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the liver; but waving fuch vague opinions, we may affirm with practical certainty, that they are generally the confequences of latent Difeafes: They also may arife from a defect in the natural discharges of the body; either of which will deftroy the purity of the blood.
Sometimes they proceed from a particular fault in the fabric or texture of the fkin, by which its juices are obftructed, or changed from their found state, by a vitiated difpofition of its veffels or ftrainers.
The first of these should be regarded as a general Disorder which can only be cured or fafely treated by gentle Evacuations, and fuch Medicines as correct and fweeten the blood; together with Blifters, Iffues, and the like, which may affift in carrying off the offending humours. The last being a local complaint may be fuccessfully treated by external applications.
It requires however the utmost caution properly to distinguish the difference of fuch Z 2
Maladies; fince an error of judgment has been known to endanger the patient's life: If, for instance, thofe impure juices, which Nature for her fecurity had thrown out to the bodily furface are fuddenly stopped, or driven back into the blood; Sickness at Stomach, Giddiness of the Head, Hyfterics, and Afthma, or even Convulfions and Death have fometimes been the confequence; according to the repeated teftimony of medical writers.
Confidering the frequency of External Applications, the nature of their compofition, and little caution with which they are daily used, I have no doubt but many ferious effects arife from them, greatly injurious to health, which are either concealed, or imputed to other causes.
In whatever shape Diseases of the Skin appear; the symptoms which preceded or are fubfequent, will best discover their true nature, and shew whether they ought to be treated by internal or external Remedies.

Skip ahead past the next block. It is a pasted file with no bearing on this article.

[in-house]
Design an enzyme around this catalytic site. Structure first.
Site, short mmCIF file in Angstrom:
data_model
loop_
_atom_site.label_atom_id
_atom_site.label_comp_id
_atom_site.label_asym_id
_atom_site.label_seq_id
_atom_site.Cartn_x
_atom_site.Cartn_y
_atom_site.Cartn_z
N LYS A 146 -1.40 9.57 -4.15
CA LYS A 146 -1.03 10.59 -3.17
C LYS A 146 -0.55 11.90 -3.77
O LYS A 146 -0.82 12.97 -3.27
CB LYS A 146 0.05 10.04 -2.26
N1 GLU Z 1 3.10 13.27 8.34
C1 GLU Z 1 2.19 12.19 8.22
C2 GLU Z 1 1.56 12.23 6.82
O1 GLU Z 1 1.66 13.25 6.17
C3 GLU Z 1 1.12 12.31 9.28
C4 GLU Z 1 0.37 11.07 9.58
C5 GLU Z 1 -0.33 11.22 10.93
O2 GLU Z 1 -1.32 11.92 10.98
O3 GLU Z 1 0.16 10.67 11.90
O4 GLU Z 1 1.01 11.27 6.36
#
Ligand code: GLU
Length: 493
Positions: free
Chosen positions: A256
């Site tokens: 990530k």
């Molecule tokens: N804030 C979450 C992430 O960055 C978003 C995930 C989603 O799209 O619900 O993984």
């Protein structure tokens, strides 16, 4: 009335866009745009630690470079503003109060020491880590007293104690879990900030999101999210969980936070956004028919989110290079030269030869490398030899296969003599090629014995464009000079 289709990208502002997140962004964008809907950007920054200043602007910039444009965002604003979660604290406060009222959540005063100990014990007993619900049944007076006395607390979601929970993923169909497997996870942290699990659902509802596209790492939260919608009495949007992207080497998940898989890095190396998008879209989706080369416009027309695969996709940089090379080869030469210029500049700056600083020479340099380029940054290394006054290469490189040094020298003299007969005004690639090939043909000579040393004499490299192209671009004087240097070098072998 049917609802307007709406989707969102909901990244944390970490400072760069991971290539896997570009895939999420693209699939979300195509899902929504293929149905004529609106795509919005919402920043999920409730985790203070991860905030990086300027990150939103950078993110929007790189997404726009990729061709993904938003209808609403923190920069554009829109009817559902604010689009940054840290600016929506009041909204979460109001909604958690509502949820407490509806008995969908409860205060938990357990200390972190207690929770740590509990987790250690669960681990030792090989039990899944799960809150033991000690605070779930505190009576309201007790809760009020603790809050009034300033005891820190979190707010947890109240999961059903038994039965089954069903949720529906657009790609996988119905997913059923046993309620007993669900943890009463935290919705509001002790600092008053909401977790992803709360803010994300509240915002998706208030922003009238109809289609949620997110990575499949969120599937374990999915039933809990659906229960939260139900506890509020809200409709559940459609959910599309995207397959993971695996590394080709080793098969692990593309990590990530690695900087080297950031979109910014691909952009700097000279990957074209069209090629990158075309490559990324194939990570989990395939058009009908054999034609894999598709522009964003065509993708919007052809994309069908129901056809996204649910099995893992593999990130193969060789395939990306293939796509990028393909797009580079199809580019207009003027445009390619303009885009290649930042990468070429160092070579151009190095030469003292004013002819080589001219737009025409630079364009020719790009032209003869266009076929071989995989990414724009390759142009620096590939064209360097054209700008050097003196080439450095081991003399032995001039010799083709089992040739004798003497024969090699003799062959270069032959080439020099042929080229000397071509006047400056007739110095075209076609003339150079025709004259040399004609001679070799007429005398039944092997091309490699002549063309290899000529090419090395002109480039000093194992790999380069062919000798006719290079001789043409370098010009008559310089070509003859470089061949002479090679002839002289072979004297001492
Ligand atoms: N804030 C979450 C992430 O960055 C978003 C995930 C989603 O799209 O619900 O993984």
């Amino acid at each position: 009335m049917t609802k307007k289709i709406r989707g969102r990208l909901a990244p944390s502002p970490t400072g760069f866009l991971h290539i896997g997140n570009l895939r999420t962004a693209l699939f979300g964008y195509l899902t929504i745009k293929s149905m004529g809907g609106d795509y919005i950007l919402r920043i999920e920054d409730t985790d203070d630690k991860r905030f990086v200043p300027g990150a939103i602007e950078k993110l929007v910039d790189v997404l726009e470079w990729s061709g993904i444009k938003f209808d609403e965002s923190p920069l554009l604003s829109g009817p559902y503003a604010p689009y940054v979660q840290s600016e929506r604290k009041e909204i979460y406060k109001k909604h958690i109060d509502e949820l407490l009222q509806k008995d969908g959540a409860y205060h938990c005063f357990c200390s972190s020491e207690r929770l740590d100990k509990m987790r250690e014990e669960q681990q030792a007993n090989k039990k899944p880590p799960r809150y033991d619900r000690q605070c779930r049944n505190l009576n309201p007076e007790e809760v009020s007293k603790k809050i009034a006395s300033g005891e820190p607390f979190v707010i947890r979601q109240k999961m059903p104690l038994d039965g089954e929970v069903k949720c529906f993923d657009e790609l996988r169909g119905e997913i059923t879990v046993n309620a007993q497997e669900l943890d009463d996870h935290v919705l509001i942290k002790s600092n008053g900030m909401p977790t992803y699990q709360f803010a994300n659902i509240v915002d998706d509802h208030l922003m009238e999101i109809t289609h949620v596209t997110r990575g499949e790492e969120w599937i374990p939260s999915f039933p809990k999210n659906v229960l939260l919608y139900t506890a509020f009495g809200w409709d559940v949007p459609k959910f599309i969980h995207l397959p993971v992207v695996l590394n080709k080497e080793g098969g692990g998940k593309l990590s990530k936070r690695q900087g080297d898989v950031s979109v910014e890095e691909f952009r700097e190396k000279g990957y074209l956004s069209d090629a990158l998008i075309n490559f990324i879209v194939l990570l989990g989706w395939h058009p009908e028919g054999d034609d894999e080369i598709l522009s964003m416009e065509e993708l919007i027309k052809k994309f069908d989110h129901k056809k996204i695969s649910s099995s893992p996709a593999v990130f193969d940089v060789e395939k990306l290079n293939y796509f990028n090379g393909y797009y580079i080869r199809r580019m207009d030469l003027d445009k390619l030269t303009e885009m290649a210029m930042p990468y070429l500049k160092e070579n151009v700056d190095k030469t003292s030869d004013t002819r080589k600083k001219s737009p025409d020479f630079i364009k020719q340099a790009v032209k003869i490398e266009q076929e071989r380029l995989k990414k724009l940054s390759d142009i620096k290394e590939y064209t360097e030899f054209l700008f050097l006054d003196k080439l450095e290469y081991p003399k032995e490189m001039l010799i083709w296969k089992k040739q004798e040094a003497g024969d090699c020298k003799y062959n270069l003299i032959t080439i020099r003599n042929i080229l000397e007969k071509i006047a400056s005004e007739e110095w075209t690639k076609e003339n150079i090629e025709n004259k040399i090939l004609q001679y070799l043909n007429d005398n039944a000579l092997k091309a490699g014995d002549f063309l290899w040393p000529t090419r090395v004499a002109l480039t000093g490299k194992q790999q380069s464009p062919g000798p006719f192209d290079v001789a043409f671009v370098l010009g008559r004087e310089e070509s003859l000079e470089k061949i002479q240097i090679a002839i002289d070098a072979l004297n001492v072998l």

If the patient was fickly and infirm, if fhe labour'd under Rheumatic Pains, or Complaints of the Head, Stomach, or Bowels, before fuch Inflammation or Erruptions, and of which she is afterwards either relieved, or altogether free; these cutaneous breakings out should then be deemed truly critical, or the falutary and effectual endeavour of Nature to purify the blood and relieve the conftitution,
In fuch cafes, no Medicines, or external Applications ought to be used, except those which relax the skin, enlarge the pores, and correfpond with the intention of Nature. For this purpose, the Warm Bath, additional cloathing or fine flannels worn next the skin, and plentiful dilution with Nitre, will be proper. Should the Eruption fuddenly disappear, and the former fymptoms return; Antimonials in small quantities may then be administered; but fuch powerful Medicines ought never to be directed without proper advice.
The medicated Juices, No. 60, taken twice a-day, by gently promoting the na tural difcharges of the body, will also be ferviceable.
On the contrary, if the patient's habit of body is good, the periodical discharge regular, and the fecretions of perfpiration, urine and ftool, duly carried on ; but particularly, if after the eruption, fhe finds her health the fame as before; then there is reafon to conclude, that fuch affections of the skin are only local, and therefore may be relieved by external Applications. However, where there is the least proba bility of being mistaken, it will be beft to err on the fafe fide of the question; Nitrous Drinks, and a dofe or two of gentle phyfic may therefore be advifeable during their use.
I have before had occafion to remark, that the King's Evil, Scurvy, or Venereal Lues, give rife to many chronic Disorders; which however different in appearance, from the difference
difference of age, conftitution, or length of time, may yet be traced up to their original fource, a diftempered Blood.
Where the habit is ftrong and vifuch morbid humors are often gorous, thrown on the furface of the body, but when the powers of nature are languid, they are apt to fall on the Head, Lungs, Stomach or Bowels, producing disorders peculiar to those parts, which cannot be effectually removed, till the caufe from which they originate is taken away.
Among Diseases of the Skin none is more intolerable to women than a red, or pimpled Face; it not only deftroys the beauty and delicacy of the finest features, but is generally imputed to a caufe not very favourable to their fex: However, it may be faid with great truth, that many who are extremely temperate, or even abftemious, are notwithstanding fubject to this mortifying complaint.